The spectrum of the Sun seen as a star has been obtained with various methods for full-disk integration. The Göttingen atlas of integrated solar flux in the optical was recorded with a hyper-high resolution (~106) Fourier transform spectrometer. This instrument has a wavelength scale believed to be accurate to ~10 m s−1, enabling critical comparisons between different solar atlases regarding convective line shifts (Lemke & Reiners 2016; Reiners et al. 2016). Among stellar spectrometers, HARPS4 has been used to record atlases of reflected sunlight from Ceres and Ganymede (Molaro & Centurión 2011; Molaro & Monai 2012) as well as for spectra of the Moon (Molaro et al. 2013). A solar-disk integration telescope feeding PEPSI5 recorded the flux spectrum at a resolution of ~270 000 (Strassmeier et al. 2018).

High-resolution studies of individual spectral lines in solar quiet regions reveal how spectral lines are sculpted by convection. Using a laser frequency comb for absolute wavelength calibration in the LARS spectrometer on the VTT6 solar telescope, Löhner-Böttcher et al. (2018, 2019) and Stief et al. (2019) carried out detailed studies of various lines in the visible. In particular, their data demonstrate well how the line asymmetry (bisector shape) degrades very significantly when going from hyper-high spectral resolution to more ordinary values. For disk-center profiles, the span between the line bottom and the maximum excursion of the bisector toward shorter wavelengths gradually shrinks from typically ~200 to just ~30 m s−1 when decreasing the resolution λλ from 700 000 to 100 000. The amounts differ among lines of different strength and depth; examples are provided in Löhner-Böttcher et al. (2018, their Fig. 12); Löhner-Böttcher et al. (2019, their Fig. 5), or Stief et al. (2019, their Fig. 5).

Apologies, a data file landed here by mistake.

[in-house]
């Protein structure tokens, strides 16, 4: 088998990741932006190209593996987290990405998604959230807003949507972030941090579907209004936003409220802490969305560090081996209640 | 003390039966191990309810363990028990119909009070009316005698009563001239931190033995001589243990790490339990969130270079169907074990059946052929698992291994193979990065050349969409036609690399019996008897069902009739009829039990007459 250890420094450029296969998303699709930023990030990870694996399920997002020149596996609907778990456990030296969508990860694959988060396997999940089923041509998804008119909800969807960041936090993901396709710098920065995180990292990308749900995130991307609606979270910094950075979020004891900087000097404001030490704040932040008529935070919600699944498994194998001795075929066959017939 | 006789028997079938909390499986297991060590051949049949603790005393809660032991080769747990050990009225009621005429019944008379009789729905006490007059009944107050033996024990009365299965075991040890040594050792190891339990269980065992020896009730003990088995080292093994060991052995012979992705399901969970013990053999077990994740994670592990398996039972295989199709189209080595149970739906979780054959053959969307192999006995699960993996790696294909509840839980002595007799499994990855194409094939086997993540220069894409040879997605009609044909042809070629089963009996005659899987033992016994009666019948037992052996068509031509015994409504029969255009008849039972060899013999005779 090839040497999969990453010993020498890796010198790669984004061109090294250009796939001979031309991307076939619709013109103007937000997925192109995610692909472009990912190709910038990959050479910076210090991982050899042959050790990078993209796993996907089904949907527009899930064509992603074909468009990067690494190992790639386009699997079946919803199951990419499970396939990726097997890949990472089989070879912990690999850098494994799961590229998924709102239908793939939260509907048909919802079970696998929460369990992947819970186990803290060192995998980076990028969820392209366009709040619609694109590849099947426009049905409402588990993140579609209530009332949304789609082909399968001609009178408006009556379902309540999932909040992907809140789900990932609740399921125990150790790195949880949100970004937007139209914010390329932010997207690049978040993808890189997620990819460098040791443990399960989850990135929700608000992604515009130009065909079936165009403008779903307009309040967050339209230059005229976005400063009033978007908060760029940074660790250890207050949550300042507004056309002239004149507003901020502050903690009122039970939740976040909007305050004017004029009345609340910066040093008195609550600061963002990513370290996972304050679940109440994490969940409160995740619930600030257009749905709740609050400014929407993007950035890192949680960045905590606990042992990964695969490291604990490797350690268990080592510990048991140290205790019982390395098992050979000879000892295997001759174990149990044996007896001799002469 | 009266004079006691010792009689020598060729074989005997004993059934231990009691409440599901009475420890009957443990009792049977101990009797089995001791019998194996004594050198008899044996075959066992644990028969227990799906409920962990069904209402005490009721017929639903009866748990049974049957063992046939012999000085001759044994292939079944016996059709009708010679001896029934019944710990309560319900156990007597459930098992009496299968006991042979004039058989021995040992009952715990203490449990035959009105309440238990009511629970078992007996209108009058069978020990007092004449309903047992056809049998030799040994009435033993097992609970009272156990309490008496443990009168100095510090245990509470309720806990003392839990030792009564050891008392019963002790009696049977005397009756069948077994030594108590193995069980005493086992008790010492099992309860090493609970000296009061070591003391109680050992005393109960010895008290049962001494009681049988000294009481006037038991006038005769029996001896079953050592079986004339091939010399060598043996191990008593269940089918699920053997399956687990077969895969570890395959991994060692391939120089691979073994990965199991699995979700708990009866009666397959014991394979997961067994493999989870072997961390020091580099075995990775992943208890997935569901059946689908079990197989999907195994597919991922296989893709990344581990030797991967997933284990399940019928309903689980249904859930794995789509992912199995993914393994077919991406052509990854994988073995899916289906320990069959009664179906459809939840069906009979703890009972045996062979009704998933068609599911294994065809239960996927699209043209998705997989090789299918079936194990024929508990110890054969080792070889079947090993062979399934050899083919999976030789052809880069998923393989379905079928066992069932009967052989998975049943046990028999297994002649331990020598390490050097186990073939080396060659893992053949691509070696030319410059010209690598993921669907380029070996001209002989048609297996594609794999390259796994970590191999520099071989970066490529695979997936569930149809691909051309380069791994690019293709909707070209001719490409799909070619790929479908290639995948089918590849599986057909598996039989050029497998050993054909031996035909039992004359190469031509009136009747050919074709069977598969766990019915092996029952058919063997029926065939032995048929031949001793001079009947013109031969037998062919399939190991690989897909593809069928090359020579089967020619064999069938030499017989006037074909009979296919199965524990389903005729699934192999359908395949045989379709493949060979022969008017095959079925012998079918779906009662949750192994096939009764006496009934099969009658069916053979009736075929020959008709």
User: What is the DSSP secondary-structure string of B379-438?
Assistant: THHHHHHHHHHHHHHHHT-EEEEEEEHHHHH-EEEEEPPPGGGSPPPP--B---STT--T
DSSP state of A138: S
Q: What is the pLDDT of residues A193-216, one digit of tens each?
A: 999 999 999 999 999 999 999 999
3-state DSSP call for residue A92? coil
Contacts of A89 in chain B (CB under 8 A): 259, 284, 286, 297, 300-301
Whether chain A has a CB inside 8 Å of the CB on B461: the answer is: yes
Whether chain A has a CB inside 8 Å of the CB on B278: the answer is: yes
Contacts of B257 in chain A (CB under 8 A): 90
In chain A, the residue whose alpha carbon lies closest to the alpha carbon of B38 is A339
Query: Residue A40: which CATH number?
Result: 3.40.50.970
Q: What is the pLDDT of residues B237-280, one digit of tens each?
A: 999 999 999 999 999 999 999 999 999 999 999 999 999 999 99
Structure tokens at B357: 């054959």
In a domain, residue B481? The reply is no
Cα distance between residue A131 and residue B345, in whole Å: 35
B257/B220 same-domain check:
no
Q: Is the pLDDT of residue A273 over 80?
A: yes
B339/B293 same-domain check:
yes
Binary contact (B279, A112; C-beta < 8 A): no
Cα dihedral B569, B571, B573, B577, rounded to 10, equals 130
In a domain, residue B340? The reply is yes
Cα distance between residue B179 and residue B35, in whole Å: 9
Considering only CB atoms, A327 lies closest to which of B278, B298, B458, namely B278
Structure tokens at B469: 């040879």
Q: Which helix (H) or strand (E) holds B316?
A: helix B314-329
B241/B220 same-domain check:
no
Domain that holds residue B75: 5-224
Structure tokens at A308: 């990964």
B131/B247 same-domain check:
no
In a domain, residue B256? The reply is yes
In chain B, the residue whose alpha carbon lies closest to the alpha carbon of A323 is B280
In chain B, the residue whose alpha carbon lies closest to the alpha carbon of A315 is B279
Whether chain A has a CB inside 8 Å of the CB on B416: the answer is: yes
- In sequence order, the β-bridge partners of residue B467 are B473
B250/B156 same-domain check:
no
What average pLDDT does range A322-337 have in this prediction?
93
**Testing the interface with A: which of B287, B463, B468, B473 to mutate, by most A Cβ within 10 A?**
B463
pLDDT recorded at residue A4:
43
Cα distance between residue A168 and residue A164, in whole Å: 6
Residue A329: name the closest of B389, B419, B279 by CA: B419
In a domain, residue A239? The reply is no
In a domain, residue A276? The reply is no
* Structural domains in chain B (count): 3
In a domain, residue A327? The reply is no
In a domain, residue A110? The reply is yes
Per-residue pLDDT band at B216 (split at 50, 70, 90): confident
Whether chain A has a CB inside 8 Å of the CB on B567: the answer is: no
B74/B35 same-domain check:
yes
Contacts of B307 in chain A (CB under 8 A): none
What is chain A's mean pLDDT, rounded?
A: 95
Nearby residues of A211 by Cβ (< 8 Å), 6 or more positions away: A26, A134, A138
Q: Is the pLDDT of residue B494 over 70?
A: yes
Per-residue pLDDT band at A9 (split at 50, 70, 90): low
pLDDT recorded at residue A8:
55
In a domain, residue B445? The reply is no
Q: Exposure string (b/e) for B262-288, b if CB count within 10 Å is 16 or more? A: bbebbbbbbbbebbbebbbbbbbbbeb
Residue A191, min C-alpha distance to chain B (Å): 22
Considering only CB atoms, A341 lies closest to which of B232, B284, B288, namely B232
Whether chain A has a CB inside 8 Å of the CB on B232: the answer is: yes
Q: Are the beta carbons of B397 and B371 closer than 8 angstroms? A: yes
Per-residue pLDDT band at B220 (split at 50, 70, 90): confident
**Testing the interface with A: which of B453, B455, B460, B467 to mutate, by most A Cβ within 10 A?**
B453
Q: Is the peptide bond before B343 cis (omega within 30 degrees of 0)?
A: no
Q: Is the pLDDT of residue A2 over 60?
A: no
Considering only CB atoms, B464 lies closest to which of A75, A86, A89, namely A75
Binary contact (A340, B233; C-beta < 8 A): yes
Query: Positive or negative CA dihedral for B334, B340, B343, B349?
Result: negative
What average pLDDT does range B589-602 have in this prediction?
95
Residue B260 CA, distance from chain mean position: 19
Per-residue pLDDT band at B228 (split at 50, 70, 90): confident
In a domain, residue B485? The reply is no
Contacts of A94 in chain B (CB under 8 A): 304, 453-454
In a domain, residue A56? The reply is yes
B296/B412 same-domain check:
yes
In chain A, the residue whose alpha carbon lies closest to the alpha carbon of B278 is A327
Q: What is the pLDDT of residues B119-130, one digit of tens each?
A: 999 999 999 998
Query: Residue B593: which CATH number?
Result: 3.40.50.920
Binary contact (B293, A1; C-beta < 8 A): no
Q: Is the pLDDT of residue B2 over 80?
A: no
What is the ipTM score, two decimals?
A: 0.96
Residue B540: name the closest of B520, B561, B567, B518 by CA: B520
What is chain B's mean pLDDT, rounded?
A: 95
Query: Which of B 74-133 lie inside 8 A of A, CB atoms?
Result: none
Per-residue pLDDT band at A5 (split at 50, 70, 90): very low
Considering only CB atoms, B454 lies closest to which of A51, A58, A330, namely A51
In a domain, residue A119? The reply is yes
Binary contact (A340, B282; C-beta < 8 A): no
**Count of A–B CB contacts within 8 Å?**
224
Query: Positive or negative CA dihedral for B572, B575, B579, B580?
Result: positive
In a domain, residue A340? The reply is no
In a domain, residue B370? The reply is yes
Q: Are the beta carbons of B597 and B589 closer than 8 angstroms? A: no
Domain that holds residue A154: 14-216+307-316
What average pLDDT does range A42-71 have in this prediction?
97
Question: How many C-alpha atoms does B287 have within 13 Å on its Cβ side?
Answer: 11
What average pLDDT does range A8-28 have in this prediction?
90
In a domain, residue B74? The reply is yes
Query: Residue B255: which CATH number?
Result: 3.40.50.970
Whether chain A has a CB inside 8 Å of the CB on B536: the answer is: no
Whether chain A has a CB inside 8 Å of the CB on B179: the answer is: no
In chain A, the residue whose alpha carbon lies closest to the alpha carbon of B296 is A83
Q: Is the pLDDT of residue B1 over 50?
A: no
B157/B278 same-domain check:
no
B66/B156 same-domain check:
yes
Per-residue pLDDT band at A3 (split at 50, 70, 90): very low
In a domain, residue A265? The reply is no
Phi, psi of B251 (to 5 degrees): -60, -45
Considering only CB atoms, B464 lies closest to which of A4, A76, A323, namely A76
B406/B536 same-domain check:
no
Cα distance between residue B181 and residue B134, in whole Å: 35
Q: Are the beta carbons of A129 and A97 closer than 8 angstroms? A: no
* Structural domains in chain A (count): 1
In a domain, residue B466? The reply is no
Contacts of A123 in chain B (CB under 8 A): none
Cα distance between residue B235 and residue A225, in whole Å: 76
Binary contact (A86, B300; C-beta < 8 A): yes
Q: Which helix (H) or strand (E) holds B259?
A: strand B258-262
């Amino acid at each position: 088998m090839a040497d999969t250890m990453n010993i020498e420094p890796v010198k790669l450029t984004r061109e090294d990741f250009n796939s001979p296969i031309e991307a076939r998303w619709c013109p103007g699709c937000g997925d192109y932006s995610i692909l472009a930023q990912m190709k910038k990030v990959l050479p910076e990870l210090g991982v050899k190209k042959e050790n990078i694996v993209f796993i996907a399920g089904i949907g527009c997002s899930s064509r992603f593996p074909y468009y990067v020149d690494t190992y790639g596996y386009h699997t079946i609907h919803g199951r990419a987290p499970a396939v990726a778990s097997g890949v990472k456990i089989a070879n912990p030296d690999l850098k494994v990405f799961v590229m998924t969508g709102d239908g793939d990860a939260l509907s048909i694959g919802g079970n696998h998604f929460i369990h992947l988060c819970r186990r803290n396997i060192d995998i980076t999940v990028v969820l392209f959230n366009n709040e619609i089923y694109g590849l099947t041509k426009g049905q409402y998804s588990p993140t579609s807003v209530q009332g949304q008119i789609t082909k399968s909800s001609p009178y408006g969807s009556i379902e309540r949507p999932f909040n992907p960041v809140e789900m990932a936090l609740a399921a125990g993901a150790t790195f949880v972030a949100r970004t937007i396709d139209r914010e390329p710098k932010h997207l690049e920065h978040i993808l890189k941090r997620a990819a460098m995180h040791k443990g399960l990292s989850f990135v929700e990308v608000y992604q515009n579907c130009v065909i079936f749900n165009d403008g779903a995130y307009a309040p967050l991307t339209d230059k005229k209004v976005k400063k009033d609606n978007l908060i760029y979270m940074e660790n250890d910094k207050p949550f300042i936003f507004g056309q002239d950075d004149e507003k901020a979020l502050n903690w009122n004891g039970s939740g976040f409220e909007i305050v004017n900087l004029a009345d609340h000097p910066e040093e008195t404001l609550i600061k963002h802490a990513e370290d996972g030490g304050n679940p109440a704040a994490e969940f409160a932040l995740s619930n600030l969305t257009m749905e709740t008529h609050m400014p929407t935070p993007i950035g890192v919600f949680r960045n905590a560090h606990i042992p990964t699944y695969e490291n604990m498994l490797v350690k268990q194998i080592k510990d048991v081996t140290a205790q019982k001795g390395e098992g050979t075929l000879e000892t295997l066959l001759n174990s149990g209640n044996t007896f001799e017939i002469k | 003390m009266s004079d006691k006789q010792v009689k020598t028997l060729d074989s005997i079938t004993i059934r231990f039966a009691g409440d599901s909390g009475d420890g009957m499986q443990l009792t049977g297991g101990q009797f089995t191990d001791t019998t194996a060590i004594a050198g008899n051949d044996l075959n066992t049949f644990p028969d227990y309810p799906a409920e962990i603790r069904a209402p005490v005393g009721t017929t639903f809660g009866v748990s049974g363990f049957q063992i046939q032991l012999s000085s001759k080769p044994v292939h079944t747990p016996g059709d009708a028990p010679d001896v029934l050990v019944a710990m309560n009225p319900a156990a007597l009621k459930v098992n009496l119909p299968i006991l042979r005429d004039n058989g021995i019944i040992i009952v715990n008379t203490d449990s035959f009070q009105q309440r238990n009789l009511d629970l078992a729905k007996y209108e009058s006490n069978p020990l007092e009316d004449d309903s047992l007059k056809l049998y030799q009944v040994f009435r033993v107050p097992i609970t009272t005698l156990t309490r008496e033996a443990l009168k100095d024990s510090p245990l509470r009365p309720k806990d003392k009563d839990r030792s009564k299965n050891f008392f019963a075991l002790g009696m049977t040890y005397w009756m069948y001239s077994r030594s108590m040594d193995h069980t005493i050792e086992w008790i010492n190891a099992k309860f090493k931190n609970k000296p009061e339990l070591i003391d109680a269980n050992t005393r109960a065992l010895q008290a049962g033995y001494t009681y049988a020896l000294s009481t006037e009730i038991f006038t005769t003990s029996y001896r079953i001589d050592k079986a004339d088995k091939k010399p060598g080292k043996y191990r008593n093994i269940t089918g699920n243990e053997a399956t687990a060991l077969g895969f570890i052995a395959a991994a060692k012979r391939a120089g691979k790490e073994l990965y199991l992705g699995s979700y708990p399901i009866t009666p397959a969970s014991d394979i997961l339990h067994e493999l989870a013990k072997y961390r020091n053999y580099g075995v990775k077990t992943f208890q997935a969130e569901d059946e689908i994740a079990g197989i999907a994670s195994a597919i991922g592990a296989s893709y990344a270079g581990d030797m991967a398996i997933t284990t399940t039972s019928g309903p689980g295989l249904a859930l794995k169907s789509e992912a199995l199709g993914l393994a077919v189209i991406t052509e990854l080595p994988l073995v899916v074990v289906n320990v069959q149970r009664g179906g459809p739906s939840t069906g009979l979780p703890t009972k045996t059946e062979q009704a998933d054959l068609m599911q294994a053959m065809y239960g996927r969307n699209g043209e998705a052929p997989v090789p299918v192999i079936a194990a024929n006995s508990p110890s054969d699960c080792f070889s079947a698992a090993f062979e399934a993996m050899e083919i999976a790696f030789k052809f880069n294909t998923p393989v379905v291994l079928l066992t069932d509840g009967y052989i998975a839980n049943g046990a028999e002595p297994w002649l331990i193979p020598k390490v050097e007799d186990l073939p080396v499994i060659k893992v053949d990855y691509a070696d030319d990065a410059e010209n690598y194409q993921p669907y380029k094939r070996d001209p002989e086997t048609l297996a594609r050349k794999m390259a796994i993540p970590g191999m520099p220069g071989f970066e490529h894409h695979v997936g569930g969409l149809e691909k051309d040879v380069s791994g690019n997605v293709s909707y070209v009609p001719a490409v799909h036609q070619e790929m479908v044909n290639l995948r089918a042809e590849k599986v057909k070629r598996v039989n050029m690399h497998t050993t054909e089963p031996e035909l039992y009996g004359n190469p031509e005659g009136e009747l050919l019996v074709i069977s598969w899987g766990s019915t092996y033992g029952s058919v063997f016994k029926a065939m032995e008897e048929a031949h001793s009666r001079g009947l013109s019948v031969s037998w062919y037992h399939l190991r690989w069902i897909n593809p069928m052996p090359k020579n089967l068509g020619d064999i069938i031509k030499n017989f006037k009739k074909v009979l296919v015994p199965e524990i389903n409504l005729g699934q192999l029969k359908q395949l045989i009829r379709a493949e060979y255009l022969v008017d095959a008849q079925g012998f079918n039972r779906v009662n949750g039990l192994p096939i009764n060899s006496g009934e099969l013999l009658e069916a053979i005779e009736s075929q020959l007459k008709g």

From solar flux atlases covering wide spectral regions, line asymmetries and their bisector spread can be statistically assessed, showing both similarities and differences (Dravins 2008; Gray & Oostra 2018). However, bisector shapes depend significantly on the spectral resolution realized, and most bisectors are further distorted owing to blends with overlapping or adjacent lines. Also, if one particular value is given for a wavelength position of a line, that depends on exactly how wavelength is defined in the fitting to the line profile. Absolute wavelength shifts are normally measured relative to the corresponding laboratory wavelengths which often have errors in the range 10–100 m s−1, normally limited by physical conditions in the laboratory light sources such as their pressure or internal electric and magnetic fields. Much of the spread in published plots of solar line shifts is certainly due to such spread in laboratory wavelengths rather than the measuring imprecision in solar spectra (e.g., González Hernández et al. 2020).